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Claims for Psychological Injuries

Psychological injuries can also be an important part of a personal injury case. Post-traumatic stress disorder (also called post-traumatic stress syndrome) is a provable phenomenon that adds value to some cases. This disorder may involve headaches, nausea, dizziness, inability to concentrate, depression, irrational fears, etc. However, this is an area that is fraught with danger for claimants.
The claim for a psychological injury opens your psychological history for inspection. This can create issues that impede a favorable settlement. The insurance company’s lawyer may be entitled to subpoena your client’s psychologist’s records. If these records disclose that the psychologist believes your client is a liar, the insurance company has found a potent weapon for court. The company may be unwilling to offer a fair settlement after obtaining this information.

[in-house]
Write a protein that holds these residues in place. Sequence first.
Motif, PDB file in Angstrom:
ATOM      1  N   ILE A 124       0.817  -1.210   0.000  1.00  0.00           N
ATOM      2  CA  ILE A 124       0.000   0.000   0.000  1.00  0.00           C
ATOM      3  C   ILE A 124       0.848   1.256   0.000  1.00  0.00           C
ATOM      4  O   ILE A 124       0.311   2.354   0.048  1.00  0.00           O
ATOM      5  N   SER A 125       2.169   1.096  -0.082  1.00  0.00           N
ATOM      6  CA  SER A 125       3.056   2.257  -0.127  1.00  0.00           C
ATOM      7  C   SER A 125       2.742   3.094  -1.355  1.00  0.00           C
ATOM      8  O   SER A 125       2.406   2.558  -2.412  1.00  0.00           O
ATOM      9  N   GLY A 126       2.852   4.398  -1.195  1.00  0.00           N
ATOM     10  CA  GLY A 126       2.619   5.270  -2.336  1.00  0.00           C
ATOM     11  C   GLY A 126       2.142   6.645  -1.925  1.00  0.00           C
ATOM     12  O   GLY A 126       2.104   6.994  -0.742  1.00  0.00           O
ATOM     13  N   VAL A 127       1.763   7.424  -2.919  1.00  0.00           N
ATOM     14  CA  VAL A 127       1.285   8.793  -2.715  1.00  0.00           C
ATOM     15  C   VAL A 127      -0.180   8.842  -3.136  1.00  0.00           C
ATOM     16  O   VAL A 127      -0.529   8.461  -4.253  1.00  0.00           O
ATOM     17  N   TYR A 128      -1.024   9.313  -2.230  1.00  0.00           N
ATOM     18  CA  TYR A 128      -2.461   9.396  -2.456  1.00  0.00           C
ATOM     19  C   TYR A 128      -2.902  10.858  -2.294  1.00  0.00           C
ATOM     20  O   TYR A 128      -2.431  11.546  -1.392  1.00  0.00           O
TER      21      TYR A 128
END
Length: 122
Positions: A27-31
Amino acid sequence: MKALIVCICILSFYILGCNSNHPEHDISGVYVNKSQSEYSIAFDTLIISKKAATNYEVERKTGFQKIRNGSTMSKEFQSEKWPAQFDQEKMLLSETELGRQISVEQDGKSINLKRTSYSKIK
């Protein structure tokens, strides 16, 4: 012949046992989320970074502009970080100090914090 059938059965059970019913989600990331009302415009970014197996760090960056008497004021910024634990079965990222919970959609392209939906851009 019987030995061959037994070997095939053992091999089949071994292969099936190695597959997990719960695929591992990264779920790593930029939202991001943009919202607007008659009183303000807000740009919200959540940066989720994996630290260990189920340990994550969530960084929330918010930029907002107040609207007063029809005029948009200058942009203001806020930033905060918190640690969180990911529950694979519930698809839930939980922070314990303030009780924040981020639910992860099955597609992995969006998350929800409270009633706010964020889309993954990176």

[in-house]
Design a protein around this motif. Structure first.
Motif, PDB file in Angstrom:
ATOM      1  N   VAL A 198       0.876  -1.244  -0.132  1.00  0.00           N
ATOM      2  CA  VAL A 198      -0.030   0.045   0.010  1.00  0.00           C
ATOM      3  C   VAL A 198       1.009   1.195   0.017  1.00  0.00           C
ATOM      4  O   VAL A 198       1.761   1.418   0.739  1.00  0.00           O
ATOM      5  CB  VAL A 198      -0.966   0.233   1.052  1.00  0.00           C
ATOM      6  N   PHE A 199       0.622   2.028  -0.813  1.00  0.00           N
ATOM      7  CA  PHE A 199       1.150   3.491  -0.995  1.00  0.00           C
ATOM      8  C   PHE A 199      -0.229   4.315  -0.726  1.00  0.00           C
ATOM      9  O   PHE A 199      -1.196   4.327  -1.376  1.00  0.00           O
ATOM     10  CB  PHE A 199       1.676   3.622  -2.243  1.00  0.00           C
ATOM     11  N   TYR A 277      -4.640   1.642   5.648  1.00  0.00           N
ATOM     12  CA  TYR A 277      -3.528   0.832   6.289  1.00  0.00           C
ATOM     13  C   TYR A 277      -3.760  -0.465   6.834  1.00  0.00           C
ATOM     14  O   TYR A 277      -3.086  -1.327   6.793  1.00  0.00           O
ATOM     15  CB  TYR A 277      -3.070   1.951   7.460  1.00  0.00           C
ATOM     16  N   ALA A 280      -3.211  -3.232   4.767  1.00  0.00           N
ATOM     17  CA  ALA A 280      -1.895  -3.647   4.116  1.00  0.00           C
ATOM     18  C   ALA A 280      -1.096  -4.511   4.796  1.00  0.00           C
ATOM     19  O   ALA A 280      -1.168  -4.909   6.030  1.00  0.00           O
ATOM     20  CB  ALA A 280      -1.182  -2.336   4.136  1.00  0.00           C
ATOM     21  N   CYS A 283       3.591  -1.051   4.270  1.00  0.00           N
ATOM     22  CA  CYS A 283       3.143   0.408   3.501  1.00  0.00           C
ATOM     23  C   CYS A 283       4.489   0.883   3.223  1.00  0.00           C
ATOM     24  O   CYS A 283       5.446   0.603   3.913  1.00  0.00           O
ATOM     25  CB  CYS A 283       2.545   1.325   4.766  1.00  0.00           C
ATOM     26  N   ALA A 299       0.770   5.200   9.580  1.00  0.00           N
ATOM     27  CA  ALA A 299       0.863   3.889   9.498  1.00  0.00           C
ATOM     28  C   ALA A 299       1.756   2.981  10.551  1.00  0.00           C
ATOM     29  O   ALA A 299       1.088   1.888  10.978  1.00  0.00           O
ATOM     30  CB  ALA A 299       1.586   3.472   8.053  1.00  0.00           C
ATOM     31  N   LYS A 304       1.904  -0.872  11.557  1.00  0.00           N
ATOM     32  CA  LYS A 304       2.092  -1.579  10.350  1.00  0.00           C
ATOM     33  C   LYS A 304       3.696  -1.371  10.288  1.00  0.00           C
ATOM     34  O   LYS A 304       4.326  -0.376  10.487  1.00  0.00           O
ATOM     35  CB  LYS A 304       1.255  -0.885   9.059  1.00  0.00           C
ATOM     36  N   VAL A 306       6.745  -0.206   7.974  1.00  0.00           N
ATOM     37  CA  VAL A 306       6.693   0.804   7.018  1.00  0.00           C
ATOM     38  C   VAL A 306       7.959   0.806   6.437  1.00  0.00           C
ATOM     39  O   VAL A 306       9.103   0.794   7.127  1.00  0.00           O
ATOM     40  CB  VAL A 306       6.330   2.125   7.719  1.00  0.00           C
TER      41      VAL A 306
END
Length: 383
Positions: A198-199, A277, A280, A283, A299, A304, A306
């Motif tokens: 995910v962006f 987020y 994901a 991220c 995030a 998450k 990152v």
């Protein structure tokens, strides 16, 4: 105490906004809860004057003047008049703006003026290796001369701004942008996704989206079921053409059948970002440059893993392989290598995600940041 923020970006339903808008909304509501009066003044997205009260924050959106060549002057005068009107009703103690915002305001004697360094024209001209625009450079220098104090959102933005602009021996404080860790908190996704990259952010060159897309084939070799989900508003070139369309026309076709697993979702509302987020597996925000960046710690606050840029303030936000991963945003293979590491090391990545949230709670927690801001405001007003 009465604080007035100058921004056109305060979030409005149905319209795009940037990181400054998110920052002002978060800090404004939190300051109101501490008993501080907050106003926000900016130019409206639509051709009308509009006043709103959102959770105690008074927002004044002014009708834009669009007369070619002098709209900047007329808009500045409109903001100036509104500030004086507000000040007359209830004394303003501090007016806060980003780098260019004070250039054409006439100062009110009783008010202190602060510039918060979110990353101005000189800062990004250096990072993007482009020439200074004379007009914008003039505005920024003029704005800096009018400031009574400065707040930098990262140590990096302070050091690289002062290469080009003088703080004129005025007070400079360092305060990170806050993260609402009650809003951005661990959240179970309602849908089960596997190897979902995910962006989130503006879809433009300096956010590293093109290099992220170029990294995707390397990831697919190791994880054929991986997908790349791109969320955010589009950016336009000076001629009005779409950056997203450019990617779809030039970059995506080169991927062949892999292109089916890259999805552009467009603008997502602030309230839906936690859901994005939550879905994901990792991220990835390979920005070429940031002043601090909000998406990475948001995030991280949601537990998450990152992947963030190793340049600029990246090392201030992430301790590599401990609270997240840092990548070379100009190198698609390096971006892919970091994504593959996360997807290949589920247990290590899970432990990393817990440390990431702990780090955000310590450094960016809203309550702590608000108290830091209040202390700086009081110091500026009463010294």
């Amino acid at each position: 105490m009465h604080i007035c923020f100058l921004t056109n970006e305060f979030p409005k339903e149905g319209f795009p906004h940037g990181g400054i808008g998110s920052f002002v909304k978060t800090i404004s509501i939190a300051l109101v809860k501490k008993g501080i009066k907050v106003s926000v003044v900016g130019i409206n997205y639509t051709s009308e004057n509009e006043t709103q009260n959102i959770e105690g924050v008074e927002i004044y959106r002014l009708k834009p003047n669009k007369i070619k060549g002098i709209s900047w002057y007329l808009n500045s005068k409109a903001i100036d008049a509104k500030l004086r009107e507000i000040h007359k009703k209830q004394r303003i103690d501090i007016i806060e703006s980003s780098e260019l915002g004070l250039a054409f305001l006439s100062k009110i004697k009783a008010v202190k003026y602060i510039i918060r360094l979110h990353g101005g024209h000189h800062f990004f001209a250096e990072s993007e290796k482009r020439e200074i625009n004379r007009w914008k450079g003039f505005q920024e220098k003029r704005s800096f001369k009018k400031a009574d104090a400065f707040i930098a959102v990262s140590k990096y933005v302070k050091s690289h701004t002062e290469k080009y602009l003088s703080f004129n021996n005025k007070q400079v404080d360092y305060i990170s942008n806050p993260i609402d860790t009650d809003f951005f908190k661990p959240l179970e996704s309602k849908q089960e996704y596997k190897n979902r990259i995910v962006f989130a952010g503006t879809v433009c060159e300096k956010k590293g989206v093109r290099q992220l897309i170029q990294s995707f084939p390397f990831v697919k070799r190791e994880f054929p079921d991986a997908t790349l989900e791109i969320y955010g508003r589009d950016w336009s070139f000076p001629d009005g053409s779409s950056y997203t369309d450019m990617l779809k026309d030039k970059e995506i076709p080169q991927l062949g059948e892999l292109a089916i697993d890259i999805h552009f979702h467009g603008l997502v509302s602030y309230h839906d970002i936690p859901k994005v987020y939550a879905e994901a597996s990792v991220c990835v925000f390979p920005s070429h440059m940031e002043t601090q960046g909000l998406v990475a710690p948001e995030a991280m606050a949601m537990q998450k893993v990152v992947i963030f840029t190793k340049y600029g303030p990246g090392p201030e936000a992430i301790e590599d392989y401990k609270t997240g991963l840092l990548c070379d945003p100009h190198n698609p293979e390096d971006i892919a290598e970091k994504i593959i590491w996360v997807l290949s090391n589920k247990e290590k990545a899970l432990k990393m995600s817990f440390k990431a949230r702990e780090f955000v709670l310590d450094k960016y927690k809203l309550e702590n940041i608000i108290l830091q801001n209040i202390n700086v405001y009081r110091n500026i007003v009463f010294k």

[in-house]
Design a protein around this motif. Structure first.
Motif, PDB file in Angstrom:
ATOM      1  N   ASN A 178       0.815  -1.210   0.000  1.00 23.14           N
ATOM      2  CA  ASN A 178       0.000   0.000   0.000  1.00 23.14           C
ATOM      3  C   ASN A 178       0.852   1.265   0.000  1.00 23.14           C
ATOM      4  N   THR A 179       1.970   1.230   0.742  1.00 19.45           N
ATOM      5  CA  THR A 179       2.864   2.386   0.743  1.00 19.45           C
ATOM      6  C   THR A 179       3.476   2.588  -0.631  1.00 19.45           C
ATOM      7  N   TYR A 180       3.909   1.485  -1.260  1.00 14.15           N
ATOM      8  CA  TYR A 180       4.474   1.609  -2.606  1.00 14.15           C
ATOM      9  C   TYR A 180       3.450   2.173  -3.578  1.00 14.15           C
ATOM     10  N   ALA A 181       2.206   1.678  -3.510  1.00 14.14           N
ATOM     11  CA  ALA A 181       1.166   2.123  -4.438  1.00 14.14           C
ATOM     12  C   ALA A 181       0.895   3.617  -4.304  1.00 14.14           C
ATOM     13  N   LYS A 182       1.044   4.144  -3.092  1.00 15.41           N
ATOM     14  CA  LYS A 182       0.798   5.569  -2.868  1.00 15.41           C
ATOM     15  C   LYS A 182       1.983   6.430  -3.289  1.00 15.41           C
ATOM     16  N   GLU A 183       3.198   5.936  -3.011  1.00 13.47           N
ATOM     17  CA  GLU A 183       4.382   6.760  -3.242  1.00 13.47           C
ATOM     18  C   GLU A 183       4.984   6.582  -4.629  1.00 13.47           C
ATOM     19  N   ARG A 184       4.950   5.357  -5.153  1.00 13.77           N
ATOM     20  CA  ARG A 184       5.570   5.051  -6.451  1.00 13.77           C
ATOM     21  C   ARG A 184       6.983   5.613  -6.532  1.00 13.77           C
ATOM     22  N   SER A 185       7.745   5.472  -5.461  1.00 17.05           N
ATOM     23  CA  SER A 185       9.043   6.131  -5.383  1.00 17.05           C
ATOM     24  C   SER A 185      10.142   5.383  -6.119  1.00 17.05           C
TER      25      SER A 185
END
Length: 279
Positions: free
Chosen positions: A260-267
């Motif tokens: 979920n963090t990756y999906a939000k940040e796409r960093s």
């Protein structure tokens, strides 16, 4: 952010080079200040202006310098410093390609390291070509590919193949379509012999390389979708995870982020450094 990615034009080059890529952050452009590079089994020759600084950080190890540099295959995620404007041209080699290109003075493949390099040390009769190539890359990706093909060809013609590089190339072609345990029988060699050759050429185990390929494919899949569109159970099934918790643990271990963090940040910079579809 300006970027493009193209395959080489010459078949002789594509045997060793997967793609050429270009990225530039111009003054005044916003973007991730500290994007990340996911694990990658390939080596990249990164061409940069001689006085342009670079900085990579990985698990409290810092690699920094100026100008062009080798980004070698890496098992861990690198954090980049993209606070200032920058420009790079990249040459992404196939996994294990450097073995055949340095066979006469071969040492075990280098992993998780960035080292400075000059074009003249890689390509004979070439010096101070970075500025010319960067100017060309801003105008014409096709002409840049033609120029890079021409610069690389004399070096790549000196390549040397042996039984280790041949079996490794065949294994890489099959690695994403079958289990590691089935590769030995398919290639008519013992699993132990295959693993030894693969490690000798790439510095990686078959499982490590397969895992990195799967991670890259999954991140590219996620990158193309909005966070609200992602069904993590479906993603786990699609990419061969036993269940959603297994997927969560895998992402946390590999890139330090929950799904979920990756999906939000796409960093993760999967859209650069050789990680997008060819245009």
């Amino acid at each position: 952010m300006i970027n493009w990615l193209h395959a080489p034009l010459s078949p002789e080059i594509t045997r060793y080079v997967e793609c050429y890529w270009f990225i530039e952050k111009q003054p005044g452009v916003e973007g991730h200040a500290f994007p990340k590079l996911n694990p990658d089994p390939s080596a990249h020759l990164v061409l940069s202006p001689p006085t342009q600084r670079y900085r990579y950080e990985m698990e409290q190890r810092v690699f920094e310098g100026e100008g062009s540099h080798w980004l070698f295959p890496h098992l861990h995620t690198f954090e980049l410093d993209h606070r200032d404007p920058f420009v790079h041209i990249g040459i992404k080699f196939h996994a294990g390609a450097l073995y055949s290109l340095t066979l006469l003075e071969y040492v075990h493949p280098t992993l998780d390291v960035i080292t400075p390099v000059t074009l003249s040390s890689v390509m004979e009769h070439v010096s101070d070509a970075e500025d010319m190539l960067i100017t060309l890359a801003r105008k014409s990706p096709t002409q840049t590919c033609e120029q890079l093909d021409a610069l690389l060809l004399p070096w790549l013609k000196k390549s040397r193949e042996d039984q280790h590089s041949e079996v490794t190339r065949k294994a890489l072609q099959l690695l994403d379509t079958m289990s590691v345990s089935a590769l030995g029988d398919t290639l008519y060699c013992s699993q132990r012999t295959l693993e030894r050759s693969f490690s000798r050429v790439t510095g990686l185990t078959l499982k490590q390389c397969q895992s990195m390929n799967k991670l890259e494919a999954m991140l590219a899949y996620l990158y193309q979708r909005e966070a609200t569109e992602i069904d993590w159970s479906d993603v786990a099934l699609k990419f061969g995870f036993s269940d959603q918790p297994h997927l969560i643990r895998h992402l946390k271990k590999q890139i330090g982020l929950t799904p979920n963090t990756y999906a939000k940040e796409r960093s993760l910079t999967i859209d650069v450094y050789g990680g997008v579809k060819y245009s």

Judges, juries, and insurance companies often view psychological injury claims with suspicion. Many people feel these kinds of claims are either phony or exaggerated. Others feel that people should simply deal with hurt feelings and financial compensation should not be awarded. Finally, the jury might view your client as greedy for pursuing a psychological claim. It is not advisable for a client to pursue such a claim unless the psychological injury is serious and credible. When the claim is real and provable, and when damaging information that can come out during discovery is minimal, psychological injury claims can and should be pursued.

In some states, the law seeks to weed out many of these claims by requiring that a physical manifestation accompany the psychological injury. For example, a car accident victim may develop a fear of riding in cars. If there is a physical injury, the psychological injury can be pursued. But if there is no physical injury, many states require other physical manifestations to be present before a claim for emotional damages can be pursued. At the very least, you must prove that the plaintiff suffered headaches, nausea, vomiting, etc.

If you need more information or think you need an attorney, please contact Evan Aidman, Esq..

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